Fan fiction is often produced independent of the knowledge and involvement of actors and media producers (media, tech and fandom-savvy celebrities like Orlando Jones notwithstanding), but when the fan who’s constructing this narrative further tries to convince others that she has an offline relationship with the celebrity, is it then no longer fan fiction? Is it ever fan fiction in the first place?

Celebrities might take to using the same social media platforms as fans, and with the rising popularity of networks like Twitter, it can be easy to forget that they – nor anyone – are not obligated in any way to respond to fans. Equally, fans who make use of Twitter and who enjoy interacting with their favourite celebrities might feel that they are being misrepresented by other fans. Fandom is so easily disregarded as something trivial and many have portrayed celebrity/fan interactions as para-social, arguing that fans are in need of (medical) help and a healthy/ier social life. On one level, this is a form of fandom policing, where fans want to ensure that they are presenting the best view of fandom to the public so any behaviour or narrative that threatens this image disrupts fans’ construction of the ‘ideal fandom’.

This policing isn’t new, especially when it involves real person fiction. While it is generally accepted in some fandoms, real person fiction is often treated with suspicion. In older media fandoms such as The X-Files, for instance, real person fiction is not only frowned upon but generally banned from the show’s fan fiction archives. A lot of times, however, the stories produced feature the actors, where shipping of characters are extended to the actors, who as celebrities, are seen as performing a public role at the same time. This, then, is different from the insertion fantasy fan fiction inflicted upon celebrities on Twitter. It is one thing to write fan fiction featuring one’s favourite celebrities and submit them to an RPF-friendly archive such as AO3. It is, however, more ‘controversial’ to produce this narrative in public on Twitter and tagging the celebrity in question, as if inviting him to participate in said fantasy.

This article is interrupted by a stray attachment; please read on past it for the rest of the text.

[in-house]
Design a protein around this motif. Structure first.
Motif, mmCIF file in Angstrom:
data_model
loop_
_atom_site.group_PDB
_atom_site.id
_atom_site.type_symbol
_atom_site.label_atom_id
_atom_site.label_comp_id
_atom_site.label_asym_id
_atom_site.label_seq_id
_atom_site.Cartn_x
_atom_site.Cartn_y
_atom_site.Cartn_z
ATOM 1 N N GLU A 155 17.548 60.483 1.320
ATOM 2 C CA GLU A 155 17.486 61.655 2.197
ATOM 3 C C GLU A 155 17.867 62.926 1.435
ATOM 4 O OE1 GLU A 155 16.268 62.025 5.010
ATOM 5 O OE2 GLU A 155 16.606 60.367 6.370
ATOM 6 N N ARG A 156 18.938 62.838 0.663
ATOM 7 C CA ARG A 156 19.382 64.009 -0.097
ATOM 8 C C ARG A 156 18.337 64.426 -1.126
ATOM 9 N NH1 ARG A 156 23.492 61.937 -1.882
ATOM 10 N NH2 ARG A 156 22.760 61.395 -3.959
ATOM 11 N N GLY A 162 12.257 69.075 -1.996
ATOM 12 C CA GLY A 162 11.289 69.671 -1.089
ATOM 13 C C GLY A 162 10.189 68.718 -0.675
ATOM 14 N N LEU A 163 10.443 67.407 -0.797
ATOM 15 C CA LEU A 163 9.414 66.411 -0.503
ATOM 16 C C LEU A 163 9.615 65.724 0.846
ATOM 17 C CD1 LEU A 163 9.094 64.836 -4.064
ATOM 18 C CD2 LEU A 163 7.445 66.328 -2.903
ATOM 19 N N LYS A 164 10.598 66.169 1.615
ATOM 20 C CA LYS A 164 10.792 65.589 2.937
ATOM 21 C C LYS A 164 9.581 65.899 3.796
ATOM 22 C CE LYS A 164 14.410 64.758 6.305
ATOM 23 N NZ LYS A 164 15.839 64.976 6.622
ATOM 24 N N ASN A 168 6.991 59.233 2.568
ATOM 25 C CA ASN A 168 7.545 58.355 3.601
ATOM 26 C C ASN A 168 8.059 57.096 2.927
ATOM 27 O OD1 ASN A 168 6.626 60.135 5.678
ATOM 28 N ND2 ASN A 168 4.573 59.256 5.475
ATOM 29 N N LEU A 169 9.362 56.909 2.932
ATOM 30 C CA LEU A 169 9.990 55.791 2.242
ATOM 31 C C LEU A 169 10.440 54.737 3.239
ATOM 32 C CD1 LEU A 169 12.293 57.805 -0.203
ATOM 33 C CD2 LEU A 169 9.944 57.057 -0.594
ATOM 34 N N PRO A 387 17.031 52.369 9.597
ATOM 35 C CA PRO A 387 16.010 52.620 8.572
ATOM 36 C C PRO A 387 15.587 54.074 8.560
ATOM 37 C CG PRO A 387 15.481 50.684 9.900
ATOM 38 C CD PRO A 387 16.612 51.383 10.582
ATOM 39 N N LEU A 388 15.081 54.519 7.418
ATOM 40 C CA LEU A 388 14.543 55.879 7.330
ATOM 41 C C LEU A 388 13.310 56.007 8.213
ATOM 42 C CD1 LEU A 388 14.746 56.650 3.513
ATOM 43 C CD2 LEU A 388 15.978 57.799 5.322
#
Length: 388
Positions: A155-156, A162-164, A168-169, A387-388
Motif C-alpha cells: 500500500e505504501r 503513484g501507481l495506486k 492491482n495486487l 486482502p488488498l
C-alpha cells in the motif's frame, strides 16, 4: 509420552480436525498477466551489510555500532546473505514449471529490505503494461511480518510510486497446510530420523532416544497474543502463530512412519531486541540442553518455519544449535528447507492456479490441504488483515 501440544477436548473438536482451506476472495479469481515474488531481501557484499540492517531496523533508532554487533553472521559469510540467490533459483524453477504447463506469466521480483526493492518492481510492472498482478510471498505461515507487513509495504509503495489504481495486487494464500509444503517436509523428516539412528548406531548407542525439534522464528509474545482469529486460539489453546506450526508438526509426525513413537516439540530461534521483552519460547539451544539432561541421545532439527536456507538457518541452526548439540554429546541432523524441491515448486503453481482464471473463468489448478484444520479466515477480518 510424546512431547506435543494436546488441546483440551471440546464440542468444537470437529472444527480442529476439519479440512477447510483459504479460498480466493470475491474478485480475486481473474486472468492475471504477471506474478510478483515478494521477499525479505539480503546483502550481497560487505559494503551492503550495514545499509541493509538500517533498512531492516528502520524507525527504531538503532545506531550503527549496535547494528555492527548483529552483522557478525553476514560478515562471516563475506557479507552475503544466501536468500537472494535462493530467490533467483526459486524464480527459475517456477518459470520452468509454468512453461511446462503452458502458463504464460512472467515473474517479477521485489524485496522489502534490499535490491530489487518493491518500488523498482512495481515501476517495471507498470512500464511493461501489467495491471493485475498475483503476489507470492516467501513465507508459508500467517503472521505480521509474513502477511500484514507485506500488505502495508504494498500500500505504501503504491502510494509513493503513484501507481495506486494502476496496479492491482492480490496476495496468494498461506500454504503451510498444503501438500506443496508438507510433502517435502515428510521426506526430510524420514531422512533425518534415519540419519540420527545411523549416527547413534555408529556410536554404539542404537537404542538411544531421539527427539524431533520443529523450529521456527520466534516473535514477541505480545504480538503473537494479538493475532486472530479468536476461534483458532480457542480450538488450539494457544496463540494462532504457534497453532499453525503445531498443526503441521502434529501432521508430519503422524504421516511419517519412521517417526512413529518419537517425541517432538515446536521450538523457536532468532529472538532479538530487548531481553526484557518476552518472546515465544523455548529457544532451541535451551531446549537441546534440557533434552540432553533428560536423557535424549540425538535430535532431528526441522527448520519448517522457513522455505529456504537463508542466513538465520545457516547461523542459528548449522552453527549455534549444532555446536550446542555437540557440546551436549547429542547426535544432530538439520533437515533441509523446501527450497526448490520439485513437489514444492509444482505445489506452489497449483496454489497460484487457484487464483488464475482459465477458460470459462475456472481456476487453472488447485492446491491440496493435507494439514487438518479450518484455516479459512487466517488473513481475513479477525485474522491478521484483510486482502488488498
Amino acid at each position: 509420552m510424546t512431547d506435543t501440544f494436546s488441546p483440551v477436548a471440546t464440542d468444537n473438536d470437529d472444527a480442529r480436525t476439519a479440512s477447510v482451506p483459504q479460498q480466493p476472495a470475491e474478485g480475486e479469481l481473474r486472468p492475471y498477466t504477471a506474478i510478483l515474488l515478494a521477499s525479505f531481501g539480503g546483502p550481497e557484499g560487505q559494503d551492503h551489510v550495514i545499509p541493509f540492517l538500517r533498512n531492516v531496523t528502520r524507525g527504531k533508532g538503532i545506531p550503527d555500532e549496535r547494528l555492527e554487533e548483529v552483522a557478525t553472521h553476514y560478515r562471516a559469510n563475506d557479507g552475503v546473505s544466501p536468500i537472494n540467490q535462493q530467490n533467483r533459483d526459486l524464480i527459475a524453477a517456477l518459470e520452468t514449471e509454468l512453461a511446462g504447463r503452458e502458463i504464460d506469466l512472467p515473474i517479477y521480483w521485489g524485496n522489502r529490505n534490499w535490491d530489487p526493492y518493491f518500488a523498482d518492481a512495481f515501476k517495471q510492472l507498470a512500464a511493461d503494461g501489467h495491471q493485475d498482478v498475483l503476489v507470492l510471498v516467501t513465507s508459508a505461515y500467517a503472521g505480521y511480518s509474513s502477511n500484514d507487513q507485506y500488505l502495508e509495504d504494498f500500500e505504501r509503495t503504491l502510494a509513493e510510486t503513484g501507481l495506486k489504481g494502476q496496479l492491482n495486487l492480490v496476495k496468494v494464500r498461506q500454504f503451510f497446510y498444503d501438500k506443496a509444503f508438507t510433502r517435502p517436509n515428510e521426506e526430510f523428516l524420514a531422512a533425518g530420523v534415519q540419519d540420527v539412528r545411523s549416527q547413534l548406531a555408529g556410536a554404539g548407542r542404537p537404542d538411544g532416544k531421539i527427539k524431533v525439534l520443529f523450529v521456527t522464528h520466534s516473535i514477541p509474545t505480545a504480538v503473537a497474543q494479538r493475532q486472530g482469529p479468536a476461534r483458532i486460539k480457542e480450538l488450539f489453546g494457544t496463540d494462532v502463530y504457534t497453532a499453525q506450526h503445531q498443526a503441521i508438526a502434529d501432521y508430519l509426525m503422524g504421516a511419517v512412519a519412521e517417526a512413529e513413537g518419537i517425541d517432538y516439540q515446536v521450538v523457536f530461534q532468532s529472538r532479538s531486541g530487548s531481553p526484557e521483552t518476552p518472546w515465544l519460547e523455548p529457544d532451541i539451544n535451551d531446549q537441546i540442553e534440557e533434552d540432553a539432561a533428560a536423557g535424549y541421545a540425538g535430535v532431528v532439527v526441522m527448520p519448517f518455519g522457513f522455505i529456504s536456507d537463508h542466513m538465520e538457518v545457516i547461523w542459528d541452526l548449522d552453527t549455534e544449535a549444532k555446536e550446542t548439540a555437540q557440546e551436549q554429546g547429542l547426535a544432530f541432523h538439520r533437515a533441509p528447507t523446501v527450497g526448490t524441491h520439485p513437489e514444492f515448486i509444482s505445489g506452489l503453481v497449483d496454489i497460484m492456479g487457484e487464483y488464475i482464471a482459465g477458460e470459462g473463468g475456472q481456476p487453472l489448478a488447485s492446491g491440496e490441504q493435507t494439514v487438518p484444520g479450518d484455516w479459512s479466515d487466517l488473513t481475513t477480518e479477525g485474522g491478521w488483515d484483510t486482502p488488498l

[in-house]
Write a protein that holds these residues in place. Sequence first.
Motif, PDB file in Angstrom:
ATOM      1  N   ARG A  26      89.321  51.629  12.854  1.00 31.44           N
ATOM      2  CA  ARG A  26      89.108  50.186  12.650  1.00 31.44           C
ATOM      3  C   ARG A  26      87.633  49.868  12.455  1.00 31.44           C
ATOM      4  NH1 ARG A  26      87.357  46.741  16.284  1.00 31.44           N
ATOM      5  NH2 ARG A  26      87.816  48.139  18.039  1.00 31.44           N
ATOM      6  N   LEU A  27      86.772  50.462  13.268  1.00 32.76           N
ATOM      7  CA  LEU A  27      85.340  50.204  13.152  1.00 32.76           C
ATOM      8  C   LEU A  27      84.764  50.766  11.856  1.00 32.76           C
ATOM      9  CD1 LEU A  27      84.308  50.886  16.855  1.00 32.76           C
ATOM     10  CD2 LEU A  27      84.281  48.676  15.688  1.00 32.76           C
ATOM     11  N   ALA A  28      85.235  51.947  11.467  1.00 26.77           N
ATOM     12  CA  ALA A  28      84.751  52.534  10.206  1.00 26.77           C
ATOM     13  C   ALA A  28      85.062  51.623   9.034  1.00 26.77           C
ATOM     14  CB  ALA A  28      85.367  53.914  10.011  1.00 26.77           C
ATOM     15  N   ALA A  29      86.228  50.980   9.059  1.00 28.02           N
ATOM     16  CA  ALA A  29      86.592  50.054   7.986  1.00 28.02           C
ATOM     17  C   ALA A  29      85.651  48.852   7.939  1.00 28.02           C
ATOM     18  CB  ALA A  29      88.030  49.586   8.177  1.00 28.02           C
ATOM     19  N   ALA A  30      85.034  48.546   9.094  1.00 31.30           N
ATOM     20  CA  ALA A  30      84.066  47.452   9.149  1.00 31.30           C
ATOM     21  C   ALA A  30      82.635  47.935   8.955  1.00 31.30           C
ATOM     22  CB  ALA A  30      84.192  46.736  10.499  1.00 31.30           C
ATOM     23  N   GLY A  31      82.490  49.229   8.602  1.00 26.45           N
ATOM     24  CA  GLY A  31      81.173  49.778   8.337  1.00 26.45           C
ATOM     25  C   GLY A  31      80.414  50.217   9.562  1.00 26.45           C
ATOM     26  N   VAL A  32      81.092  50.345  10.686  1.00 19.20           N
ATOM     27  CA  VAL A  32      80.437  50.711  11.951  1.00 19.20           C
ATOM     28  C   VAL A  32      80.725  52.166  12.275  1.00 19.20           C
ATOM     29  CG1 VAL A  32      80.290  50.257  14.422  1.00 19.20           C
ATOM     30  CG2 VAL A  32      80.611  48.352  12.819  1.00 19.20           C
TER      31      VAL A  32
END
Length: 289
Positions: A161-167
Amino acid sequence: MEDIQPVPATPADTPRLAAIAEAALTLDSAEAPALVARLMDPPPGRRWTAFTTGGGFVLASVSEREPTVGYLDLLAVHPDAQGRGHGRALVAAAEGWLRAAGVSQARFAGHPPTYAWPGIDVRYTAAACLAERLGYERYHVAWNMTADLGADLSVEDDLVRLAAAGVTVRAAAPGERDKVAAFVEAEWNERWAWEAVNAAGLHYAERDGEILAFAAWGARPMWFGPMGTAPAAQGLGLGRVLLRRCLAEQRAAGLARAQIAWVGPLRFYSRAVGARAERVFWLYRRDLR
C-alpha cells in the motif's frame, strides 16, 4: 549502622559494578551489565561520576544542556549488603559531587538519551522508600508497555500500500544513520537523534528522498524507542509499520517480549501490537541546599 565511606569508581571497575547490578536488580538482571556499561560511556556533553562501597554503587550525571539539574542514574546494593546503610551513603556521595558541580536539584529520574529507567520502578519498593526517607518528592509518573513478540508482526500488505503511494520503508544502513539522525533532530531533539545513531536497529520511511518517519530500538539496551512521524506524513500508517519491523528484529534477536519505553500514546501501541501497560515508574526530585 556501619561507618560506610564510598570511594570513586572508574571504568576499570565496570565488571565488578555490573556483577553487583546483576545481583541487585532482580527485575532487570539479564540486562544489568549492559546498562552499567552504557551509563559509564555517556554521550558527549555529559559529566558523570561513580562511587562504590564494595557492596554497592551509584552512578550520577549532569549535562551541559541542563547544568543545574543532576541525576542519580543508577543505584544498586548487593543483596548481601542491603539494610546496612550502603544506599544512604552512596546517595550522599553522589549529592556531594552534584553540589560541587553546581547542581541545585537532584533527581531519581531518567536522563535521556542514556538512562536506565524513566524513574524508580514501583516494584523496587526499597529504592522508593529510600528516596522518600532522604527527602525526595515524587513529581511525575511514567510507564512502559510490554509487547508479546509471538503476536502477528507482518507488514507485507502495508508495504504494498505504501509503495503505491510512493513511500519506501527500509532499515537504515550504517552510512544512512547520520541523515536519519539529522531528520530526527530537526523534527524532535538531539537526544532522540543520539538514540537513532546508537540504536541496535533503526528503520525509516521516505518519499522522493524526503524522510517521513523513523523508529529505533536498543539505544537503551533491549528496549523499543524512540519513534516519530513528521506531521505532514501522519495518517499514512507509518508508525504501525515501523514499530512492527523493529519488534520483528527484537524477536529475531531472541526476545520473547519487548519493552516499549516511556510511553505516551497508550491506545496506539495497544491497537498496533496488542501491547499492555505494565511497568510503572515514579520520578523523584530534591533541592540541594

Ultimately, my question remains: can something like this be considered as a form of real person fiction? Absent any logical way to engage with, and understand this [2], is this the only way we can continue to ask difficult questions of fan practices and their interactions with one another, as well as with their favourite celebrities?

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[1] While the frequency and suggestiveness of the tweets have lessened, the tweeter has not stopped trying to communicate with the celebrity in question, often going on to create numerous sock puppet accounts even if she is blocked as soon as she is discovered.
[2] The narrative has now expanded to include at least 2 other actors who are all friends in real life, 2 other fans who appears to believe the stories told by the fan in question, as well as others who have expressed their displeasure and disbelief of this, suggesting that there is some form of elaborate world-building happening here that perhaps rivals those of Marvel’s.

Reference:

Busse, Kristina. 2006. ‘I’m Jealous of the Fake Me’: Postmodern Subjectivity and Identity Construction in Boy Band Fan Fiction. In S. Holmes & S. Redmond, eds. Framing Celebrity: New Directions in Celebrity Culture, London: Routledge, pgs. 253-267.